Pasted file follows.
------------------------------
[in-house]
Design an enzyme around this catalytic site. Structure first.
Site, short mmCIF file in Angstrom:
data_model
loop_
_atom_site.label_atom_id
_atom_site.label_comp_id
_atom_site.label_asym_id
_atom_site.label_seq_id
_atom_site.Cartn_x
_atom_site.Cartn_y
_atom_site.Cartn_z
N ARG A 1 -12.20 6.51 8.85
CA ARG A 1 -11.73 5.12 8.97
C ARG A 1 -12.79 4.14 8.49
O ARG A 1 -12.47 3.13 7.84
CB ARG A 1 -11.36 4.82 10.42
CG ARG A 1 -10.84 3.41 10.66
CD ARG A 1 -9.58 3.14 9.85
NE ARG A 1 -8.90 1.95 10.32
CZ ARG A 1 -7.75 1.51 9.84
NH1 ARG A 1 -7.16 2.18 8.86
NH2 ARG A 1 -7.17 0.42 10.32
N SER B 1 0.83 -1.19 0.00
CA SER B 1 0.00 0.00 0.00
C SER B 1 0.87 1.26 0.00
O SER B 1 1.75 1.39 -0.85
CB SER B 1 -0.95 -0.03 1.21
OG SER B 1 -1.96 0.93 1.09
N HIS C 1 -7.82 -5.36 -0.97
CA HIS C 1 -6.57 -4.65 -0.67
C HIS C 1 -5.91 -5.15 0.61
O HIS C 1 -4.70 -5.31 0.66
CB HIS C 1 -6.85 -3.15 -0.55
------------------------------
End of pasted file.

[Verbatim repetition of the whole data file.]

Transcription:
[in-house]
Design an enzyme around this catalytic site. Structure first.
Site, short mmCIF file in Angstrom:
data_model
loop_
_atom_site.label_atom_id
_atom_site.label_comp_id
_atom_site.label_asym_id
_atom_site.label_seq_id
_atom_site.Cartn_x
_atom_site.Cartn_y
_atom_site.Cartn_z
N ARG A 1 -12.20 6.51 8.85
CA ARG A 1 -11.73 5.12 8.97
C ARG A 1 -12.79 4.14 8.49
O ARG A 1 -12.47 3.13 7.84
CB ARG A 1 -11.36 4.82 10.42
CG ARG A 1 -10.84 3.41 10.66
CD ARG A 1 -9.58 3.14 9.85
NE ARG A 1 -8.90 1.95 10.32
CZ ARG A 1 -7.75 1.51 9.84
NH1 ARG A 1 -7.16 2.18 8.86
NH2 ARG A 1 -7.17 0.42 10.32
N SER B 1 0.83 -1.19 0.00
CA SER B 1 0.00 0.00 0.00
C SER B 1 0.87 1.26 0.00
O SER B 1 1.75 1.39 -0.85
CB SER B 1 -0.95 -0.03 1.21
OG SER B 1 -1.96 0.93 1.09
N HIS C 1 -7.82 -5.36 -0.97
CA HIS C 1 -6.57 -4.65 -0.67
C HIS C 1 -5.91 -5.15 0.61
O HIS C 1 -4.70 -5.31 0.66
CB HIS C 1 -6.85 -3.15 -0.55